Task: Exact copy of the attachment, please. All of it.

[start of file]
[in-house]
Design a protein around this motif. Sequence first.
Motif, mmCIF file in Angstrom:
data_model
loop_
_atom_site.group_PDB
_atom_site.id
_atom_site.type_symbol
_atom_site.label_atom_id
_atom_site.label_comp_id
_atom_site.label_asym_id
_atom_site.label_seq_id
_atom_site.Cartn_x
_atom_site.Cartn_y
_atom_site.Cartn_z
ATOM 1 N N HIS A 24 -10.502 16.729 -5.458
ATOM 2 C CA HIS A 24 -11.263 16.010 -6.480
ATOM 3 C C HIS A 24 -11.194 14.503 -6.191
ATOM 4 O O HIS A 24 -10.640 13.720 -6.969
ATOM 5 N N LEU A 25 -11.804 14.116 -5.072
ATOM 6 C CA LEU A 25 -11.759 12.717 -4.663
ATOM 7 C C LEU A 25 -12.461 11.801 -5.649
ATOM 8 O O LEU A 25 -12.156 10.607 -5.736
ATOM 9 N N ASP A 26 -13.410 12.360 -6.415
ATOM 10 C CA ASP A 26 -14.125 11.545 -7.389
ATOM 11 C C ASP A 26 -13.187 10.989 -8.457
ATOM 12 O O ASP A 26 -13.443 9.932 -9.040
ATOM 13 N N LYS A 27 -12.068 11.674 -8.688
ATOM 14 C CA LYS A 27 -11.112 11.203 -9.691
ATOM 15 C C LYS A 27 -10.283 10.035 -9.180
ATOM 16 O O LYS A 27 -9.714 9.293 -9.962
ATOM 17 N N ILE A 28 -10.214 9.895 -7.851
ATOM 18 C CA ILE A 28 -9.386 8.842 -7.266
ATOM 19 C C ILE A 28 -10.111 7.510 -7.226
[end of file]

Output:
[in-house]
Design a protein around this motif. Sequence first.
Motif, mmCIF file in Angstrom:
data_model
loop_
_atom_site.group_PDB
_atom_site.id
_atom_site.type_symbol
_atom_site.label_atom_id
_atom_site.label_comp_id
_atom_site.label_asym_id
_atom_site.label_seq_id
_atom_site.Cartn_x
_atom_site.Cartn_y
_atom_site.Cartn_z
ATOM 1 N N HIS A 24 -10.502 16.729 -5.458
ATOM 2 C CA HIS A 24 -11.263 16.010 -6.480
ATOM 3 C C HIS A 24 -11.194 14.503 -6.191
ATOM 4 O O HIS A 24 -10.640 13.720 -6.969
ATOM 5 N N LEU A 25 -11.804 14.116 -5.072
ATOM 6 C CA LEU A 25 -11.759 12.717 -4.663
ATOM 7 C C LEU A 25 -12.461 11.801 -5.649
ATOM 8 O O LEU A 25 -12.156 10.607 -5.736
ATOM 9 N N ASP A 26 -13.410 12.360 -6.415
ATOM 10 C CA ASP A 26 -14.125 11.545 -7.389
ATOM 11 C C ASP A 26 -13.187 10.989 -8.457
ATOM 12 O O ASP A 26 -13.443 9.932 -9.040
ATOM 13 N N LYS A 27 -12.068 11.674 -8.688
ATOM 14 C CA LYS A 27 -11.112 11.203 -9.691
ATOM 15 C C LYS A 27 -10.283 10.035 -9.180
ATOM 16 O O LYS A 27 -9.714 9.293 -9.962
ATOM 17 N N ILE A 28 -10.214 9.895 -7.851
ATOM 18 C CA ILE A 28 -9.386 8.842 -7.266
ATOM 19 C C ILE A 28 -10.111 7.510 -7.226